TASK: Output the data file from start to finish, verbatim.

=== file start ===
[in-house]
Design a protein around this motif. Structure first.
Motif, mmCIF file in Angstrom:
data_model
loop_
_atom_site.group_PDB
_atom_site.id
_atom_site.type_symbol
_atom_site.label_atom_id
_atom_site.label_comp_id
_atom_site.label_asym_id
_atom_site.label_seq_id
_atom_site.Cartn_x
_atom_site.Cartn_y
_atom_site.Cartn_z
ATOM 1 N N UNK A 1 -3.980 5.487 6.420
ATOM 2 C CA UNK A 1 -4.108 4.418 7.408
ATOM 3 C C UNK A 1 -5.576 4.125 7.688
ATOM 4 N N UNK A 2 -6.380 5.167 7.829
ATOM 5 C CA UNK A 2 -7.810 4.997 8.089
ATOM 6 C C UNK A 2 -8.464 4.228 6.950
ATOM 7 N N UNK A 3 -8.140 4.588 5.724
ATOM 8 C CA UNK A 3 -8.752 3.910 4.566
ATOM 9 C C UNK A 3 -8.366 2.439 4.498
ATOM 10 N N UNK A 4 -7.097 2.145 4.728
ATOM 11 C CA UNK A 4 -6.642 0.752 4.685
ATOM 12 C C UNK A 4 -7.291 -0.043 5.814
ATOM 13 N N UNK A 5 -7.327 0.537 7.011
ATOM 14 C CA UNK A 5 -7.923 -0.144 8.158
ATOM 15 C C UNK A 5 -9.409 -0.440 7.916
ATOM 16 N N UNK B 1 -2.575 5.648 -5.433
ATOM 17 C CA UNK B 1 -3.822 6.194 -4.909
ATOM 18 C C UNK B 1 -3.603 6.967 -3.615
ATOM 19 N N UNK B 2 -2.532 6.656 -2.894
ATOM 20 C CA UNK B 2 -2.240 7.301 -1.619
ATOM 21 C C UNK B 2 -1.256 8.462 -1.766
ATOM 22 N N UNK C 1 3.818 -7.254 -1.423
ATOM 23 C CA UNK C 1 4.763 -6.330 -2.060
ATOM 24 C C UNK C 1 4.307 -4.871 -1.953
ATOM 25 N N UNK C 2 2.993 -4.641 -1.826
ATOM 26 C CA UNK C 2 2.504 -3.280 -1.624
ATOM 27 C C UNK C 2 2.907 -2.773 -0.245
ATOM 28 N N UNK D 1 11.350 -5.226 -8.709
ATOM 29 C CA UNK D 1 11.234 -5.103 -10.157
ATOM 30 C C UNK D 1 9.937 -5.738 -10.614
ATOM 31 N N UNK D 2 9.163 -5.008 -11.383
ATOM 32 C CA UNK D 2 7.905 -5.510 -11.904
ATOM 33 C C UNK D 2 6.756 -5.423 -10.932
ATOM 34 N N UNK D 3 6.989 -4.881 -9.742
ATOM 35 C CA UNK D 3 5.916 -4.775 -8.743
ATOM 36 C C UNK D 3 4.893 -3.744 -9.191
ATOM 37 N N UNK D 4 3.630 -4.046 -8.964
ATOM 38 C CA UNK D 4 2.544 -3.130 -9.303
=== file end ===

[in-house]
Design a protein around this motif. Structure first.
Motif, mmCIF file in Angstrom:
data_model
loop_
_atom_site.group_PDB
_atom_site.id
_atom_site.type_symbol
_atom_site.label_atom_id
_atom_site.label_comp_id
_atom_site.label_asym_id
_atom_site.label_seq_id
_atom_site.Cartn_x
_atom_site.Cartn_y
_atom_site.Cartn_z
ATOM 1 N N UNK A 1 -3.980 5.487 6.420
ATOM 2 C CA UNK A 1 -4.108 4.418 7.408
ATOM 3 C C UNK A 1 -5.576 4.125 7.688
ATOM 4 N N UNK A 2 -6.380 5.167 7.829
ATOM 5 C CA UNK A 2 -7.810 4.997 8.089
ATOM 6 C C UNK A 2 -8.464 4.228 6.950
ATOM 7 N N UNK A 3 -8.140 4.588 5.724
ATOM 8 C CA UNK A 3 -8.752 3.910 4.566
ATOM 9 C C UNK A 3 -8.366 2.439 4.498
ATOM 10 N N UNK A 4 -7.097 2.145 4.728
ATOM 11 C CA UNK A 4 -6.642 0.752 4.685
ATOM 12 C C UNK A 4 -7.291 -0.043 5.814
ATOM 13 N N UNK A 5 -7.327 0.537 7.011
ATOM 14 C CA UNK A 5 -7.923 -0.144 8.158
ATOM 15 C C UNK A 5 -9.409 -0.440 7.916
ATOM 16 N N UNK B 1 -2.575 5.648 -5.433
ATOM 17 C CA UNK B 1 -3.822 6.194 -4.909
ATOM 18 C C UNK B 1 -3.603 6.967 -3.615
ATOM 19 N N UNK B 2 -2.532 6.656 -2.894
ATOM 20 C CA UNK B 2 -2.240 7.301 -1.619
ATOM 21 C C UNK B 2 -1.256 8.462 -1.766
ATOM 22 N N UNK C 1 3.818 -7.254 -1.423
ATOM 23 C CA UNK C 1 4.763 -6.330 -2.060
ATOM 24 C C UNK C 1 4.307 -4.871 -1.953
ATOM 25 N N UNK C 2 2.993 -4.641 -1.826
ATOM 26 C CA UNK C 2 2.504 -3.280 -1.624
ATOM 27 C C UNK C 2 2.907 -2.773 -0.245
ATOM 28 N N UNK D 1 11.350 -5.226 -8.709
ATOM 29 C CA UNK D 1 11.234 -5.103 -10.157
ATOM 30 C C UNK D 1 9.937 -5.738 -10.614
ATOM 31 N N UNK D 2 9.163 -5.008 -11.383
ATOM 32 C CA UNK D 2 7.905 -5.510 -11.904
ATOM 33 C C UNK D 2 6.756 -5.423 -10.932
ATOM 34 N N UNK D 3 6.989 -4.881 -9.742
ATOM 35 C CA UNK D 3 5.916 -4.775 -8.743
ATOM 36 C C UNK D 3 4.893 -3.744 -9.191
ATOM 37 N N UNK D 4 3.630 -4.046 -8.964
ATOM 38 C CA UNK D 4 2.544 -3.130 -9.303